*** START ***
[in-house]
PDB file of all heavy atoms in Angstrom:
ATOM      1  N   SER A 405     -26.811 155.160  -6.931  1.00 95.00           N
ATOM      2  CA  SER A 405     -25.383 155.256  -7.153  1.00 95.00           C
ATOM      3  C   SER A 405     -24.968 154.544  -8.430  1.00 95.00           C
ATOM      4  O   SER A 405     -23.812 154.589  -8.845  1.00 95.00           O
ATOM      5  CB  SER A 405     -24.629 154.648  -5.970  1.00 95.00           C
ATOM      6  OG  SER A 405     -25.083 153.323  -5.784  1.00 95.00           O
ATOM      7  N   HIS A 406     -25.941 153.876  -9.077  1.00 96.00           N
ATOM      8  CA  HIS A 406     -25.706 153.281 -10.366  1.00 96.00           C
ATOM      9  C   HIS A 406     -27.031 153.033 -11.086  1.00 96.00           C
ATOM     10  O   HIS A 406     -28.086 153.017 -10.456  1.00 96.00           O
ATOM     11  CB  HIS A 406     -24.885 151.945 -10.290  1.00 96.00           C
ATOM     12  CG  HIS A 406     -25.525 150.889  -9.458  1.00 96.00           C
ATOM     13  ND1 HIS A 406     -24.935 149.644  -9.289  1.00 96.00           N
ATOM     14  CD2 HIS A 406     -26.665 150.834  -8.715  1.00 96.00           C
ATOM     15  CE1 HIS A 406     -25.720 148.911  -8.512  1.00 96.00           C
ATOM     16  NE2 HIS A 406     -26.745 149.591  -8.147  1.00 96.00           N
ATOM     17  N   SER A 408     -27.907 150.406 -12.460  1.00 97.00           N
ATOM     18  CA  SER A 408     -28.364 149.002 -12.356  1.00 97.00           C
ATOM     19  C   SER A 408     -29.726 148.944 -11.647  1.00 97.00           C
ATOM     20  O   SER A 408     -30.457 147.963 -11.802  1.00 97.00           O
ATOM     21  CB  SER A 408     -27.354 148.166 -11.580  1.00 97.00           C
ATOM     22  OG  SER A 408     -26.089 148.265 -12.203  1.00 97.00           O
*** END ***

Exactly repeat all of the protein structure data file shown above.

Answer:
[in-house]
PDB file of all heavy atoms in Angstrom:
ATOM      1  N   SER A 405     -26.811 155.160  -6.931  1.00 95.00           N
ATOM      2  CA  SER A 405     -25.383 155.256  -7.153  1.00 95.00           C
ATOM      3  C   SER A 405     -24.968 154.544  -8.430  1.00 95.00           C
ATOM      4  O   SER A 405     -23.812 154.589  -8.845  1.00 95.00           O
ATOM      5  CB  SER A 405     -24.629 154.648  -5.970  1.00 95.00           C
ATOM      6  OG  SER A 405     -25.083 153.323  -5.784  1.00 95.00           O
ATOM      7  N   HIS A 406     -25.941 153.876  -9.077  1.00 96.00           N
ATOM      8  CA  HIS A 406     -25.706 153.281 -10.366  1.00 96.00           C
ATOM      9  C   HIS A 406     -27.031 153.033 -11.086  1.00 96.00           C
ATOM     10  O   HIS A 406     -28.086 153.017 -10.456  1.00 96.00           O
ATOM     11  CB  HIS A 406     -24.885 151.945 -10.290  1.00 96.00           C
ATOM     12  CG  HIS A 406     -25.525 150.889  -9.458  1.00 96.00           C
ATOM     13  ND1 HIS A 406     -24.935 149.644  -9.289  1.00 96.00           N
ATOM     14  CD2 HIS A 406     -26.665 150.834  -8.715  1.00 96.00           C
ATOM     15  CE1 HIS A 406     -25.720 148.911  -8.512  1.00 96.00           C
ATOM     16  NE2 HIS A 406     -26.745 149.591  -8.147  1.00 96.00           N
ATOM     17  N   SER A 408     -27.907 150.406 -12.460  1.00 97.00           N
ATOM     18  CA  SER A 408     -28.364 149.002 -12.356  1.00 97.00           C
ATOM     19  C   SER A 408     -29.726 148.944 -11.647  1.00 97.00           C
ATOM     20  O   SER A 408     -30.457 147.963 -11.802  1.00 97.00           O
ATOM     21  CB  SER A 408     -27.354 148.166 -11.580  1.00 97.00           C
ATOM     22  OG  SER A 408     -26.089 148.265 -12.203  1.00 97.00           O